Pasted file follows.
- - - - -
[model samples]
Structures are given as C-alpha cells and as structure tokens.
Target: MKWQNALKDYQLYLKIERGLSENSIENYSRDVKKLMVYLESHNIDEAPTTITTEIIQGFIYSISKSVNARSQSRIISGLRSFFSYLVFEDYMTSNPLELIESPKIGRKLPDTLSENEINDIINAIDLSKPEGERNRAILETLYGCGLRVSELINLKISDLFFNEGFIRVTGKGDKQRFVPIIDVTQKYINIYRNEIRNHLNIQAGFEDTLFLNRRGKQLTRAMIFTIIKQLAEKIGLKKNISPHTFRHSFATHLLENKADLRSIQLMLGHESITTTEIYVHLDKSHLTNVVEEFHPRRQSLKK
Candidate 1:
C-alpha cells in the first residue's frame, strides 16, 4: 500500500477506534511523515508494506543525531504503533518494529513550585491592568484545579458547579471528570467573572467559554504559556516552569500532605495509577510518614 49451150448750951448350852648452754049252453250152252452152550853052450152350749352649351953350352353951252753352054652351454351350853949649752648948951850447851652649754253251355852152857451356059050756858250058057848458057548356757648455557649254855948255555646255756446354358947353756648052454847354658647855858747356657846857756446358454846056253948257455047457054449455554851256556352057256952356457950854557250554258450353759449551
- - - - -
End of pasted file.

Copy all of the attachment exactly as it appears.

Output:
[model samples]
Structures are given as C-alpha cells and as structure tokens.
Target: MKWQNALKDYQLYLKIERGLSENSIENYSRDVKKLMVYLESHNIDEAPTTITTEIIQGFIYSISKSVNARSQSRIISGLRSFFSYLVFEDYMTSNPLELIESPKIGRKLPDTLSENEINDIINAIDLSKPEGERNRAILETLYGCGLRVSELINLKISDLFFNEGFIRVTGKGDKQRFVPIIDVTQKYINIYRNEIRNHLNIQAGFEDTLFLNRRGKQLTRAMIFTIIKQLAEKIGLKKNISPHTFRHSFATHLLENKADLRSIQLMLGHESITTTEIYVHLDKSHLTNVVEEFHPRRQSLKK
Candidate 1:
C-alpha cells in the first residue's frame, strides 16, 4: 500500500477506534511523515508494506543525531504503533518494529513550585491592568484545579458547579471528570467573572467559554504559556516552569500532605495509577510518614 49451150448750951448350852648452754049252453250152252452152550853052450152350749352649351953350352353951252753352054652351454351350853949649752648948951850447851652649754253251355852152857451356059050756858250058057848458057548356757648455557649254855948255555646255756446354358947353756648052454847354658647855858747356657846857756446358454846056253948257455047457054449455554851256556352057256952356457950854557250554258450353759449551